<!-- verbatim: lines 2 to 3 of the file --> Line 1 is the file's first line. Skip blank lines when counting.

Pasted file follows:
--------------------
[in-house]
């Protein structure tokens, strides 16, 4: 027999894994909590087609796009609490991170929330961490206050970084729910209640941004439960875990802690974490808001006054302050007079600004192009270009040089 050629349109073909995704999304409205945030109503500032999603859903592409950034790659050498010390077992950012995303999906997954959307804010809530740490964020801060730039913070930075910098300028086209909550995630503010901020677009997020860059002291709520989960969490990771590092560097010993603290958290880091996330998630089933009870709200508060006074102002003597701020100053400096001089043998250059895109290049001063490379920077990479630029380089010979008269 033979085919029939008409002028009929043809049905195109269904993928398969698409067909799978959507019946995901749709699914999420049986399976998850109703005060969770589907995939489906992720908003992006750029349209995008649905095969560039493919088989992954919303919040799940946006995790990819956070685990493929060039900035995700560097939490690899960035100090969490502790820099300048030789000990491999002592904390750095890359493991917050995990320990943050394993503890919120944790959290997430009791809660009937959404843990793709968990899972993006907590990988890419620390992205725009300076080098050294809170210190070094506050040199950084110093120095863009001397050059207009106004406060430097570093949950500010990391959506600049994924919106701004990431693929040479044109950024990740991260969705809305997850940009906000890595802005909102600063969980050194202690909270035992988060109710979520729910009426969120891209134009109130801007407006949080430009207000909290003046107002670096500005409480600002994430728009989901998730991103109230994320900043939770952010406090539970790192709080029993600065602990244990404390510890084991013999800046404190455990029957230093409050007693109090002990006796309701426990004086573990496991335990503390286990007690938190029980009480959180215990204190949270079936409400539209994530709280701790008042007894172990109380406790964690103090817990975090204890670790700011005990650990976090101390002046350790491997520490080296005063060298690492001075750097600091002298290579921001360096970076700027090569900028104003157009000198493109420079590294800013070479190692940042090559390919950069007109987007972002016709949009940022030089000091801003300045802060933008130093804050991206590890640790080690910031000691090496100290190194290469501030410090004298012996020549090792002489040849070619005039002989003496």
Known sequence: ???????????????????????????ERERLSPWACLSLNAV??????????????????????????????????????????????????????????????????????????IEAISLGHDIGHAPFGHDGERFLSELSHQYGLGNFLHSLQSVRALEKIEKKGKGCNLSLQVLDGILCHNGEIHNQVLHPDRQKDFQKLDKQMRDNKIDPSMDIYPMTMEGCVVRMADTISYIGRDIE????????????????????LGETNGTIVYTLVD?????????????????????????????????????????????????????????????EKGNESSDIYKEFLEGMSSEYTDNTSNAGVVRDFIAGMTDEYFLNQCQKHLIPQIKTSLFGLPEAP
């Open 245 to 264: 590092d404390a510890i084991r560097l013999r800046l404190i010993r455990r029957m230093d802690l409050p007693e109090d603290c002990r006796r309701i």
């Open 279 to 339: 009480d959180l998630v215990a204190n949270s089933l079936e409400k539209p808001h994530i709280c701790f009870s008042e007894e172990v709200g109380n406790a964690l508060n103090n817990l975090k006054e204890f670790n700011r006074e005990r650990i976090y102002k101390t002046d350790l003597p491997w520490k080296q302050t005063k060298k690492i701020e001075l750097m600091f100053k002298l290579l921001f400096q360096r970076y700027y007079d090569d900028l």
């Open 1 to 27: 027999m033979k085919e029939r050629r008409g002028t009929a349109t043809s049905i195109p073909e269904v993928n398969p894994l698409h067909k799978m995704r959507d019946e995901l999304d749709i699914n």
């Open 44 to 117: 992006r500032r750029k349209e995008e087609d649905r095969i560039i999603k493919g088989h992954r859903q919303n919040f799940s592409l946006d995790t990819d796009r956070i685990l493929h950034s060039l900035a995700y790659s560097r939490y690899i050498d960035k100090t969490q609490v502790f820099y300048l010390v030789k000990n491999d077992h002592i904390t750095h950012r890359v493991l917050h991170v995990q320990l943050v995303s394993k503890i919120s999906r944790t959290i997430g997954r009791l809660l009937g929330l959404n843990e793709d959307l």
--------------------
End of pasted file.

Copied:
């Protein structure tokens, strides 16, 4: 027999894994909590087609796009609490991170929330961490206050970084729910209640941004439960875990802690974490808001006054302050007079600004192009270009040089 050629349109073909995704999304409205945030109503500032999603859903592409950034790659050498010390077992950012995303999906997954959307804010809530740490964020801060730039913070930075910098300028086209909550995630503010901020677009997020860059002291709520989960969490990771590092560097010993603290958290880091996330998630089933009870709200508060006074102002003597701020100053400096001089043998250059895109290049001063490379920077990479630029380089010979008269 033979085919029939008409002028009929043809049905195109269904993928398969698409067909799978959507019946995901749709699914999420049986399976998850109703005060969770589907995939489906992720908003992006750029349209995008649905095969560039493919088989992954919303919040799940946006995790990819956070685990493929060039900035995700560097939490690899960035100090969490502790820099300048030789000990491999002592904390750095890359493991917050995990320990943050394993503890919120944790959290997430009791809660009937959404843990793709968990899972993006907590990988890419620390992205725009300076080098050294809170210190070094506050040199950084110093120095863009001397050059207009106004406060430097570093949950500010990391959506600049994924919106701004990431693929040479044109950024990740991260969705809305997850940009906000890595802005909102600063969980050194202690909270035992988060109710979520729910009426969120891209134009109130801007407006949080430009207000909290003046107002670096500005409480600002994430728009989901998730991103109230994320900043939770952010406090539970790192709080029993600065602990244990404390510890084991013999800046404190455990029957230093409050007693109090002990006796309701426990004086573990496991335990503390286990007690938190029980009480959180215990204190949270079936409400539209994530709280701790008042007894172990109380406790964690103090817990975090204890670790700011005990650990976090101390002046350790491997520490080296005063060298690492001075750097600091002298290579921001360096970076700027090569900028104003157009000198493109420079590294800013070479190692940042090559390919950069007109987007972002016709949009940022030089000091801003300045802060933008130093804050991206590890640790080690910031000691090496100290190194290469501030410090004298012996020549090792002489040849070619005039002989003496």
Known sequence: ???????????????????????????ERERLSPWACLSLNAV??????????????????????????????????????????????????????????????????????????IEAISLGHDIGHAPFGHDGERFLSELSHQYGLGNFLHSLQSVRALEKIEKKGKGCNLSLQVLDGILCHNGEIHNQVLHPDRQKDFQKLDKQMRDNKIDPSMDIYPMTMEGCVVRMADTISYIGRDIE????????????????????LGETNGTIVYTLVD?????????????????????????????????????????????????????????????EKGNESSDIYKEFLEGMSSEYTDNTSNAGVVRDFIAGMTDEYFLNQCQKHLIPQIKTSLFGLPEAP